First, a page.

Thursday, January 12, 2017


Not all predictions (even by experts) come to pass:

"I think there is a world market for maybe five computers."
Thomas Watson, chairman of IBM, 1943.

"I have traveled the length and breadth of this country and talked with the best people, and I can assure you that data processing is a fad that won't last out the year."
The editor in charge of business books for Prentice Hall, 1957.

"But what...is it good for?"
Engineer at the Advanced Computing Systems Division of IBM, 1968, commenting on the microchip.

"There is no reason anyone would want a computer in their home."
Ken Olson, president, chairman and founder of Digital Equipment Corp., 1977.

“There’s just not that many videos I want to watch.”  
Steve Chen, CTO and co-founder of YouTube expressing concerns about his company’s long term viability.

"So we went to Atari and said, 'Hey, we've got this amazing thing, even built with some of your parts, and what do you think about funding us? Or we'll give it to you. We just want to do it. Pay our salary, we'll come work for you.' And they said, 'No.' So then we went to Hewlett-Packard, and they said, 'Hey, we don't need you. You haven't got through college yet.'"
Apple Computer Inc. founder Steve Jobs on attempts to get Atari and HP interested in his and Steve Wozniak's personal computer.

And it's not just computers that experts made incorrect predictions about.
Here are some others:

On trains, flying & space travel:

Rail travel at high speeds would not be possible because passengers, unable to breath, would die of asphyxia."
Dr. Dionysys Larder, science writer and academic, in 1828.

Hence, if it requires, say, a thousand years to fit for easy flight a bird which started with rudimentary wings, or ten thousand for one which started with no wings at all and had to sprout them ab initio, it might be assumed that the flying machine which will really fly might be evolved by the combined and continuous efforts of mathematicians and mechanicians in from one million to ten million years--provided, of course, we can meanwhile eliminate such little drawbacks and embarrassments as the existing relation between weight and strength in inorganic materials.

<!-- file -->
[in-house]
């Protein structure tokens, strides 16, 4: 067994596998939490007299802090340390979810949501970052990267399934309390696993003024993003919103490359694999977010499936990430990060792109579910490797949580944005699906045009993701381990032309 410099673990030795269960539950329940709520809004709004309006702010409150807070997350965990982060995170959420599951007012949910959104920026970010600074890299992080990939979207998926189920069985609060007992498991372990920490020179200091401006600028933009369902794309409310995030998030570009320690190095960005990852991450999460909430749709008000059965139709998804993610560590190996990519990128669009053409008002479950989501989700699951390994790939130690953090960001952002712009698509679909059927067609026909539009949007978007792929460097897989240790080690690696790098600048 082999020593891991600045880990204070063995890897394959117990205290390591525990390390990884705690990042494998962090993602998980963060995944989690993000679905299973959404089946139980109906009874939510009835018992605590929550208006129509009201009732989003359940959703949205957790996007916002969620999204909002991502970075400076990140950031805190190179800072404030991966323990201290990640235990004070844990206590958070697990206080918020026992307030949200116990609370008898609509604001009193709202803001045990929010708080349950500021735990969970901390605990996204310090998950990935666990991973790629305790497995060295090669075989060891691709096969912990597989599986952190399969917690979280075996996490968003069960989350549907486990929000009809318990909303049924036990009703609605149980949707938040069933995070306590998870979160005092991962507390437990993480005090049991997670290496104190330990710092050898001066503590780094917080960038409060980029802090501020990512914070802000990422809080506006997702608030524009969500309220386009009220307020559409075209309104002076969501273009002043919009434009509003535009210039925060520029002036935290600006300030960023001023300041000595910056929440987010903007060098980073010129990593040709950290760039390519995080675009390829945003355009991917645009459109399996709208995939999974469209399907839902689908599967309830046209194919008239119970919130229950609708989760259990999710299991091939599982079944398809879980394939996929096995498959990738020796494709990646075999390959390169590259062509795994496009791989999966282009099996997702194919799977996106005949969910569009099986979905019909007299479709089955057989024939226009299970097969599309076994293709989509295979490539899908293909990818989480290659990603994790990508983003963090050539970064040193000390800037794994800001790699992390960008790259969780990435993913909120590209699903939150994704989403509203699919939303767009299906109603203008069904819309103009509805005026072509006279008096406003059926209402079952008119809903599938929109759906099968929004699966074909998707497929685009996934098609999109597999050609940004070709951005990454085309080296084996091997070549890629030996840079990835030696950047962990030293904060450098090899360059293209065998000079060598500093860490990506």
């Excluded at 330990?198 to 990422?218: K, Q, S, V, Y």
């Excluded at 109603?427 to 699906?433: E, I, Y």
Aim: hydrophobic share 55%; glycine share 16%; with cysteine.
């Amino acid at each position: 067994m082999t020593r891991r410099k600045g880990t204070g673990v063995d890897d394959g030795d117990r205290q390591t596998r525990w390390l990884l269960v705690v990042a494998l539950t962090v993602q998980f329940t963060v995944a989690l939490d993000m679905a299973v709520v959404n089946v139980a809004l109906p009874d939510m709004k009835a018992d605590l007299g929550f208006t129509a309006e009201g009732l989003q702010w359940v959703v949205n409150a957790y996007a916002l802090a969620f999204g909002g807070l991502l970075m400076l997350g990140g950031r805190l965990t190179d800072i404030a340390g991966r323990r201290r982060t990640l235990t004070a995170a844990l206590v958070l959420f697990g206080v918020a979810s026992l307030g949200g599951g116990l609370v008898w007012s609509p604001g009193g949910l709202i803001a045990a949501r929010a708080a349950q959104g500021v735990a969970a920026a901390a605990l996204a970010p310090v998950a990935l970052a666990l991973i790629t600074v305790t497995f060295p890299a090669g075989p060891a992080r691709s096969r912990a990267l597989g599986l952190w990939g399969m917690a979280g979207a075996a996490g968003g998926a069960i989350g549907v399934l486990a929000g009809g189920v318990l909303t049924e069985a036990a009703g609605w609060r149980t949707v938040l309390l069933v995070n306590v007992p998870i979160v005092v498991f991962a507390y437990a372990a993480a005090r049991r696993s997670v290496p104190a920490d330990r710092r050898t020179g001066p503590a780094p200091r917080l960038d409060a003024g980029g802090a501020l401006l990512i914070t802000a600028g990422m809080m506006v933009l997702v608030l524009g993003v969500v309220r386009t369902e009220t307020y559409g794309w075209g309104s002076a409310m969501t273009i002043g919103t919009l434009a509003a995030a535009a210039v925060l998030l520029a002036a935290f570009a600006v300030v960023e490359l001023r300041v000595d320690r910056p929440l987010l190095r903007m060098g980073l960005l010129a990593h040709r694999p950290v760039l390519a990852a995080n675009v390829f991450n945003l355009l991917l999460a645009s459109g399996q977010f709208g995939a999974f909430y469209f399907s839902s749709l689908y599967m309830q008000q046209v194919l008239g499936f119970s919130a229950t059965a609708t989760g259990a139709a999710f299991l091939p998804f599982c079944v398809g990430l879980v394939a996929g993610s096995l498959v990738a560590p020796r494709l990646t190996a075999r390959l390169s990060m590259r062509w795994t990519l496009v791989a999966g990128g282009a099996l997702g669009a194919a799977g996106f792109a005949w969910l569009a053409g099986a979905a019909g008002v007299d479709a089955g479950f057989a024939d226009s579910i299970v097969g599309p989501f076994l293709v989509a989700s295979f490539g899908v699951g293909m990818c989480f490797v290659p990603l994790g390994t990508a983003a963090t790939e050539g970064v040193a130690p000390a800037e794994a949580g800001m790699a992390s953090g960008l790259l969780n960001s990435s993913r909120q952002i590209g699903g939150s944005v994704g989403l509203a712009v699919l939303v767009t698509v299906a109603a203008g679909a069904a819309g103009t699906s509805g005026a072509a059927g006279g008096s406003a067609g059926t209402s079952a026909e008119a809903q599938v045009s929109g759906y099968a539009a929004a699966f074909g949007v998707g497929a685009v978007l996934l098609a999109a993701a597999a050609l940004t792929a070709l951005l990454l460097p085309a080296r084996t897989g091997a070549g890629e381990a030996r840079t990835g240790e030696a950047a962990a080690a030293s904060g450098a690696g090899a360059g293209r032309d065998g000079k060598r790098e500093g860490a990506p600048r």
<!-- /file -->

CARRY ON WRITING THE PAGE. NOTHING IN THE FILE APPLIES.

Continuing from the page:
The New York Times, Oct 9, 1903

"There will never be a bigger plane built."
A Boeing engineer, after the first flight of the 247, a twin engine plane that holds ten people.

To place a man in a multi-stage rocket and project him into the controlling gravitational field of the moon where the passengers can make scientific observations, perhaps land alive, and then return to earth—all that constitutes a wild dream worthy of Jules Verne. I am bold enough to say that such a man-made voyage will never occur regardless of all future advances.
Lee De Forest, American radio pioneer and inventor of the vacuum tube, in 1957 “De Forest Says Space Travel Is Impossible”, Lewiston Morning Tribune via Associated Press, February 25, 1957.

On science & medicine:

"I see no good reasons why the views given in this volume should shock the religious sensibilities of anyone."
Charles Darwin, The Origin Of Species, 1869.

"That Professor Goddard with his 'chair' in Clark College and the countenancing of the Smithsonian Institution does not know the relation of action to reaction, and of the need to have something better than a vacuum against which to react--to say that would be absurd. Of course, he only seems to lack the knowledge ladled out daily in high schools."
1921 New York Times editorial about Robert Goddard's revolutionary rocket work. 
The remark was retracted in the July 17, 1969 issue.

"You want to have consistent and uniform muscle development across all of your muscles? It can't be done. It's just a fact of life. You just have to accept inconsistent muscle development as an unalterable condition of weight training."
Response to Arthur Jones, who solved the "unsolvable" problem by inventing Nautilus.

"Drill for oil? You mean drill into the ground to try and find oil? You're crazy." 
Workers whom Edwin L. Drake tried to enlist to his project to drill for oil in 1859.

"There is not the slightest indication that nuclear energy will ever be obtainable. It would mean that the atom would have to be shattered at will." 
Albert Einstein, 1932.

"There is no likelihood man will ever tap the power of the atom."
Robert Millikan, American physicist and Nobel Prize winner, 1923.

"We can close the book on infectious diseases."
Surgeon General of the United States William H. Stewart, speaking to the U.S. Congress in 1969.

"The bomb will never go off. I speak as an expert in explosives."
Admiral William Leahy, U.S. Atomic Bomb Project.

"Louis Pasteur's theory of germs is ridiculous fiction."
Pierre Pachet, Professor of Physiology at Toulouse, 1872.

"The abdomen, the chest, and the brain will forever be shut from the intrusion of the wise and humane surgeon."
Sir John Eric Ericksen, British surgeon, appointed Surgeon-Extraordinary to Queen Victoria 1873.

 “Fooling around with alternating current (AC) is just a waste of time.  
Nobody will use it, ever.” 
Thomas Edison, 1889

On Japanese automobiles:

"With over 50 foreign cars already on sale here, the Japanese auto industry isn't likely to carve out a big slice of the U.S. market."
Business Week, August 2, 1968.

On the Beatles:

“We don’t like your boys’ sound. Groups are out. Four-piece groups with guitars, particularly, are finished.”
A Decca Records executive to the band’s manager, Brian Epstein, following an audition in 1962.

On politics:

"It will be years--not in my time--before a woman becomes Prime Minister."
Margaret Thatcher, Oct. 26, 1969.

On the Grand Canyon:

"Ours has been the first (expedition), & doubtless will be the last, 
to visit this profitless locality."
Lt. Joseph Ives, after visiting the Grand Canyon in 1861.
(Predictions taken from BuzzFeed.com, rinkworks.com, forbes.com & cracked.com.)


That's enough todaying for today; I'm done----fishducky